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Heroes of Their Own Lives: The Politics and History of Family Violence

3.87  ·  Rating Details  ·  30 Ratings  ·  6 Reviews
A brilliant history of family violence that reveals the reasons for society'sfailure to control it. "Feminist scholarship at its best"--The New York TimesBook Review. 16 pages of photos.
Paperback, 416 pages
Published April 1st 1989 by Penguin Books (first published 1988)
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Mels Mueller
Oct 20, 2012 Mels Mueller rated it liked it  ·  review of another edition
Recommends it for: Book Clubs, People who want to know about Social Work in Boston
Recommended to Mels by: Book Club
Shelves: book-club-books
Such a biased book. It is clear that the author is a historian since she went to all the effort of reading the case files from the MSPCC but I was often left wondering why she chose only Boston (I know she told us but still) when she herself is from Wisconsin. Surely she could have looked at several different cities to have gotten an average of the social work in the country at the time. The fact that she only looked at Boston (if the reader is not aware of this fact) makes it look like the prob ...more
Oct 10, 2013 John rated it really liked it  ·  review of another edition
In class we have been discussing a lot of positives and negatives about this book, but I think most readers who are interested in the topic will find the book fascinating and will not particularly care about the various ways it can be criticized. The biggest problem is that pretty much all of this is based on one set of sources - case records prepared by social workers. These social workers were middle or upper class people, and they were recording information about lower class people, often imm ...more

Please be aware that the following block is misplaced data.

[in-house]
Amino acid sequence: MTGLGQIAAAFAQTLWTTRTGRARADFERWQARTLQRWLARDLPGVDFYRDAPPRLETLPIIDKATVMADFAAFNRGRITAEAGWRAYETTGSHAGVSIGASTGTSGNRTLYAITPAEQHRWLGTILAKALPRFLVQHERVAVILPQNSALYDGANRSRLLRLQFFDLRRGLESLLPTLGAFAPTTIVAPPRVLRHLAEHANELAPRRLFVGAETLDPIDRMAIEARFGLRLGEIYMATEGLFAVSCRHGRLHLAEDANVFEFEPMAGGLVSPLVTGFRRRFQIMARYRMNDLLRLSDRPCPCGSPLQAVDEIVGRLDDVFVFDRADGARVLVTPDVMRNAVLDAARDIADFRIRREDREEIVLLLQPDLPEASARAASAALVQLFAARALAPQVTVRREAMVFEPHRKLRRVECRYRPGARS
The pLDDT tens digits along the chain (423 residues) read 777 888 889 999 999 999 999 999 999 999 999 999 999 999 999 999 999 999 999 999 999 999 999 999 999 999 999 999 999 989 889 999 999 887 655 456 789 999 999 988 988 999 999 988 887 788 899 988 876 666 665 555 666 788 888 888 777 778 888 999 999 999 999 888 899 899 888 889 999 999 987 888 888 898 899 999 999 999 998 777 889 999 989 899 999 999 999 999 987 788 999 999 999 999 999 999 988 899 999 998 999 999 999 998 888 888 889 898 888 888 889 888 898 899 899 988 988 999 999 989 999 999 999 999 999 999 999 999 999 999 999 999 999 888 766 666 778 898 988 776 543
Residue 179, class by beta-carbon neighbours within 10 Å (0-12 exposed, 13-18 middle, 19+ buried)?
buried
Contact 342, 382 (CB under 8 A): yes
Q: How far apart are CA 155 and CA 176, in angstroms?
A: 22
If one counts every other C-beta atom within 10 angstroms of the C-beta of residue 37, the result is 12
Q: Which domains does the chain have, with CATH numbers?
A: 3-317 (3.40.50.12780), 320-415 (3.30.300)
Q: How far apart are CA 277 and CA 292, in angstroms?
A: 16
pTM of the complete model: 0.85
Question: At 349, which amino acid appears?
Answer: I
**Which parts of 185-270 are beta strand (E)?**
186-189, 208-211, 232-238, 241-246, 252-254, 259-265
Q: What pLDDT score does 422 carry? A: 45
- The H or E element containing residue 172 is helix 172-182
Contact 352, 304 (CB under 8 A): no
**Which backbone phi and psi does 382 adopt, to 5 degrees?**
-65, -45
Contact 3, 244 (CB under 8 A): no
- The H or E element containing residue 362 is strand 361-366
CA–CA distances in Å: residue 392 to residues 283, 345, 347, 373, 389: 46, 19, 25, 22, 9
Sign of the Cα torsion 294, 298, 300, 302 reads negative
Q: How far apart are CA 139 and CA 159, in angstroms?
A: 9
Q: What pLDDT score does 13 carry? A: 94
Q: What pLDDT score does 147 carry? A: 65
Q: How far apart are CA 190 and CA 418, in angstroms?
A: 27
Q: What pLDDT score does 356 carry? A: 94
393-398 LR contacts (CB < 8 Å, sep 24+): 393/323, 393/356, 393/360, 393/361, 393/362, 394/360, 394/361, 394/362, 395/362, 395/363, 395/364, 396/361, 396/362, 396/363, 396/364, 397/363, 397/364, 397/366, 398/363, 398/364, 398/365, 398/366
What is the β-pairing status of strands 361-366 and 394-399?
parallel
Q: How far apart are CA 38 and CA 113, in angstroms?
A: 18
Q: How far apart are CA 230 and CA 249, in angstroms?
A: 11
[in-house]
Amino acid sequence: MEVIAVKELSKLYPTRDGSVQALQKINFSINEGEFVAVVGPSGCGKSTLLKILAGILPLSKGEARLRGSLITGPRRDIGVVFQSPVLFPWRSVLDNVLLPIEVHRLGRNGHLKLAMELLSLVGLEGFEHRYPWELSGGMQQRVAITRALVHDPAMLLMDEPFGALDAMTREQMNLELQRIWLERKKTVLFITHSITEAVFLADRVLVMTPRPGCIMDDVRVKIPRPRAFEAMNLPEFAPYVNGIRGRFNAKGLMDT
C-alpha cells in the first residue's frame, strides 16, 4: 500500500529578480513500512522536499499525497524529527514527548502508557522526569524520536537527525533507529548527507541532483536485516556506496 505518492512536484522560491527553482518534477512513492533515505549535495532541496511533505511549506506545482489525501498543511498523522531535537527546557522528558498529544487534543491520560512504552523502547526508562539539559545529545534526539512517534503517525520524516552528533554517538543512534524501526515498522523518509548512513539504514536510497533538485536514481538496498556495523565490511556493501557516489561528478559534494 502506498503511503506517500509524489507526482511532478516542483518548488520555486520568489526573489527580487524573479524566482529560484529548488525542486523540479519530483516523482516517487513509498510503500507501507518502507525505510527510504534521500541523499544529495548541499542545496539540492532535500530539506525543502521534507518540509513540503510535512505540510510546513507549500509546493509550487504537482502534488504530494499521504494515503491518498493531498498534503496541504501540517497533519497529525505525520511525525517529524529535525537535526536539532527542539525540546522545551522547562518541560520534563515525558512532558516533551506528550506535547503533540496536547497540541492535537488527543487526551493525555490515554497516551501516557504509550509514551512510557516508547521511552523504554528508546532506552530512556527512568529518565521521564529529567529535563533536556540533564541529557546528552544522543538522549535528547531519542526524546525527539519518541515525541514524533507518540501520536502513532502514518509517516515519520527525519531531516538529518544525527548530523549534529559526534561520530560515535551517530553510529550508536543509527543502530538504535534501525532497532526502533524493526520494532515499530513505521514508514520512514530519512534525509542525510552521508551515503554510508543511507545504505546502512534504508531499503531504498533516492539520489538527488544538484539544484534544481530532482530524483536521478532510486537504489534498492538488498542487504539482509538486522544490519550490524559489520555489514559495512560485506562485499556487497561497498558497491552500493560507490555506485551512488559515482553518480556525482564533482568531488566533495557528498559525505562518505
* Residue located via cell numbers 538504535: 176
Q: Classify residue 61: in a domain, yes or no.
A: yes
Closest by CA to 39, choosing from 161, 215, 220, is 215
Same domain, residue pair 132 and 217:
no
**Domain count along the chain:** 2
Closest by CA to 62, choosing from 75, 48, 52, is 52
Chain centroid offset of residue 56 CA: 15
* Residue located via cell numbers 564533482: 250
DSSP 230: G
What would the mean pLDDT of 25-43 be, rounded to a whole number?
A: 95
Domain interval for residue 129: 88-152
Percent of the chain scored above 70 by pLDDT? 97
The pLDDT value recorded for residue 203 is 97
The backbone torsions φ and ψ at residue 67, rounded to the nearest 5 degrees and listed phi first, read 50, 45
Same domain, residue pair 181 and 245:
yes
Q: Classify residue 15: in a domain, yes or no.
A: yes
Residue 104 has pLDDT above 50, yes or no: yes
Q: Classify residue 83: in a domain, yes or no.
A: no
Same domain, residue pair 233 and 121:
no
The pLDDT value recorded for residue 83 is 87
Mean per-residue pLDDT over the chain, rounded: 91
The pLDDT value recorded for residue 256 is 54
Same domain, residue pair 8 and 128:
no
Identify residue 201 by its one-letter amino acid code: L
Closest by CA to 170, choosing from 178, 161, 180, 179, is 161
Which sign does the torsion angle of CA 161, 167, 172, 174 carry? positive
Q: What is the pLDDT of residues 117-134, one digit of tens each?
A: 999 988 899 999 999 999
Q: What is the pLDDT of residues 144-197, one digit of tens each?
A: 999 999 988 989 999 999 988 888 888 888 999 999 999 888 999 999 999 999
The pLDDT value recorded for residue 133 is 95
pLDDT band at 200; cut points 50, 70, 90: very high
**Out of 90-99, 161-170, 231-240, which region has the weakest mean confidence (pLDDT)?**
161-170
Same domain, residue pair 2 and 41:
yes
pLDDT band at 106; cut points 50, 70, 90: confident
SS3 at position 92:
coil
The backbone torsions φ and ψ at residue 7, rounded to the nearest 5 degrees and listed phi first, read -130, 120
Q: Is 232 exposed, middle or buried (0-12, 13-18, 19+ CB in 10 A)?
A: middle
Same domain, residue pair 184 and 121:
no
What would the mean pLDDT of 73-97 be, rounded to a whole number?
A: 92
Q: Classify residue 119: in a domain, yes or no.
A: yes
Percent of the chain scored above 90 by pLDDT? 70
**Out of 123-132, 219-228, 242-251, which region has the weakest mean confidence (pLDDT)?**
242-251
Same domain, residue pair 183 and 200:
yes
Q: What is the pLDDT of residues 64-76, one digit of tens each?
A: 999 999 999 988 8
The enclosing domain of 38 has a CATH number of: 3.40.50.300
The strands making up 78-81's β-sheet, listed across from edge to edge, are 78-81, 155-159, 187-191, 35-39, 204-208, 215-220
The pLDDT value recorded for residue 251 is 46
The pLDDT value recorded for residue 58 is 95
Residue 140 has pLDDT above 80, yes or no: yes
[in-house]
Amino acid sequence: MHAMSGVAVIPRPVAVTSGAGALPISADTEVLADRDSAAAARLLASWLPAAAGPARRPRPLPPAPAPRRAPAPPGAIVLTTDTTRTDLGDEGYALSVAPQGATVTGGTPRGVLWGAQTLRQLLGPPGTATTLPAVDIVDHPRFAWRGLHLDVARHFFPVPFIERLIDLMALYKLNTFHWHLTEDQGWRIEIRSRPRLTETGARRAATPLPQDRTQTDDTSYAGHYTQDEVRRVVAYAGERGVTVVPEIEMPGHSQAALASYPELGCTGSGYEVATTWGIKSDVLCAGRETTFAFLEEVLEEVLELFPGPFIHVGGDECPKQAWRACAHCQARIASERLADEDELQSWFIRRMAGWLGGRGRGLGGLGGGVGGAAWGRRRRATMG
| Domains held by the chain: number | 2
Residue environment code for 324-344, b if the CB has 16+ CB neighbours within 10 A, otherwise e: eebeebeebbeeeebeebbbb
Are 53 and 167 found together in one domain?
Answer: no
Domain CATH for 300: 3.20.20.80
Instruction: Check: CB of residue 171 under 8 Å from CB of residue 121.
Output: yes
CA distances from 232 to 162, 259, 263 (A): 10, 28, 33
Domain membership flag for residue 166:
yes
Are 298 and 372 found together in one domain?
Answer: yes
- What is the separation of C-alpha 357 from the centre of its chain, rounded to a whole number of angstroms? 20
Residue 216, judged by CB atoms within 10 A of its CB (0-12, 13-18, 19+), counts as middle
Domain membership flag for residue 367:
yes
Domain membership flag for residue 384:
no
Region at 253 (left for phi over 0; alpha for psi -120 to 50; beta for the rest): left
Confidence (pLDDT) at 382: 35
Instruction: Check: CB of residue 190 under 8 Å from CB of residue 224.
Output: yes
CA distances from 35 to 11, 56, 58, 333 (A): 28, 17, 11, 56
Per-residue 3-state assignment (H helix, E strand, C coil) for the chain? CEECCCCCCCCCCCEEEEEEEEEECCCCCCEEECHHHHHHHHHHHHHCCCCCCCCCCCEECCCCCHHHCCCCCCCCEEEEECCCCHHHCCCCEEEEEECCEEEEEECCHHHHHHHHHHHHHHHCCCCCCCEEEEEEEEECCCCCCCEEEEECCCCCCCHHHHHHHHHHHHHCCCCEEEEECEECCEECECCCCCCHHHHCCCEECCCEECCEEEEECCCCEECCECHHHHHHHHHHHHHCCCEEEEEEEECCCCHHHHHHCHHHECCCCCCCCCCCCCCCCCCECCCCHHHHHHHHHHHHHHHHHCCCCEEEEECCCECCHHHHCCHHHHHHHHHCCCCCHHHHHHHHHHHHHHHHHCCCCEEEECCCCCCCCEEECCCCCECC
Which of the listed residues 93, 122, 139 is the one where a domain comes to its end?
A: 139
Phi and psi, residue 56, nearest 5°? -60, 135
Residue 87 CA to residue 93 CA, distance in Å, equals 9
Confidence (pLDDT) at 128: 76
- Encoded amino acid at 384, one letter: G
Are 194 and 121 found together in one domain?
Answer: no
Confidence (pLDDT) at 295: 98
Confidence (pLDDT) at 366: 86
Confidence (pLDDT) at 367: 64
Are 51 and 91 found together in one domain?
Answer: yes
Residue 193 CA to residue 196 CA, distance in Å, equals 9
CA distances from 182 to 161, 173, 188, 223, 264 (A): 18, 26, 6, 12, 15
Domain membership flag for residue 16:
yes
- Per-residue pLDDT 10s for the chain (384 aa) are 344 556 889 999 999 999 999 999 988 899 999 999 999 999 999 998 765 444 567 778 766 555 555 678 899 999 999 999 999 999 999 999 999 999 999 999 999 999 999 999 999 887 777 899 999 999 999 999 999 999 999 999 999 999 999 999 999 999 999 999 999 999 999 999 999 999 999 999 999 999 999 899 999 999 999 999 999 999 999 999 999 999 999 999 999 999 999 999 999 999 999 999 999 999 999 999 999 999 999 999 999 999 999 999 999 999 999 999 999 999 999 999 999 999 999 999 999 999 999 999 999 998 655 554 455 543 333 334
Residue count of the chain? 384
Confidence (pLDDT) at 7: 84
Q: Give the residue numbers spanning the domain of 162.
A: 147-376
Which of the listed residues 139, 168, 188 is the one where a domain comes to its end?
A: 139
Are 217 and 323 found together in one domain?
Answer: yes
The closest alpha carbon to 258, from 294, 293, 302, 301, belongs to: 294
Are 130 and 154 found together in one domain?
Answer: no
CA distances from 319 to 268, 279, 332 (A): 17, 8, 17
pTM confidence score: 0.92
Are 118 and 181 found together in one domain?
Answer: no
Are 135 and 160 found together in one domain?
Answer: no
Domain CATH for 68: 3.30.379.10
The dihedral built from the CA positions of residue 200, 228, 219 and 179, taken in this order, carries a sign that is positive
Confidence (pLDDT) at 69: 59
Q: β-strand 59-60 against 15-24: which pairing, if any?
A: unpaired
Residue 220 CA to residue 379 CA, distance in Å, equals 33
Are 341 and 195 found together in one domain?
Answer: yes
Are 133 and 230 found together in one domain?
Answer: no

Feb 05, 2012 Rachel rated it liked it  ·  review of another edition
Shelves: theory, history
This was a very interesting study of, as the tag line reads, "the politics and history of family violence." Using evidence from Boston from 1880-1960, Linda Gordon presents both an interesting, provocative, and at times untenable historical analysis. On the one hand, several of her claims and conclusions are clear and well-supported. I totally buy that "family violence" is a culturally, socially, and politically constructed category; I also agree with her evidence that shows that, in historical ...more
This was interesting, but a bit old perhaps. There were some issues, such as speaking about the white Americans as "native" and I too got confused about the Freudian stuff. In some cases the author was clearly referring to the beliefs of the historical time she was researching but in some occasions it sounded a bit like the author herself was also defending those Freudian theories.

But all in all it was still and interesting read. Just keep in mind, that the book is from the 80's.
Nov 04, 2009 Beth rated it really liked it  ·  review of another edition
Shelves: for-school
This is the way a history based on organizational records should be done. Excellent examination of family violence based on the records of a Boston children's welfare organization. Well written, compelling, and thought provoking
Nov 15, 2011 Michelle rated it it was amazing  ·  review of another edition
This book was very helpful for my paper on the social construction of Child Maltreatment. It explores how Boston looked at child abuse and the social control of the upper and middle class imposed on the poor.
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Linda Gordon is the Florence Kelley Professor of History at New York University. She is the author of numerous books and won the Bancroft Prize for The Great Arizona Orphan Abduction. She lives in New York. "
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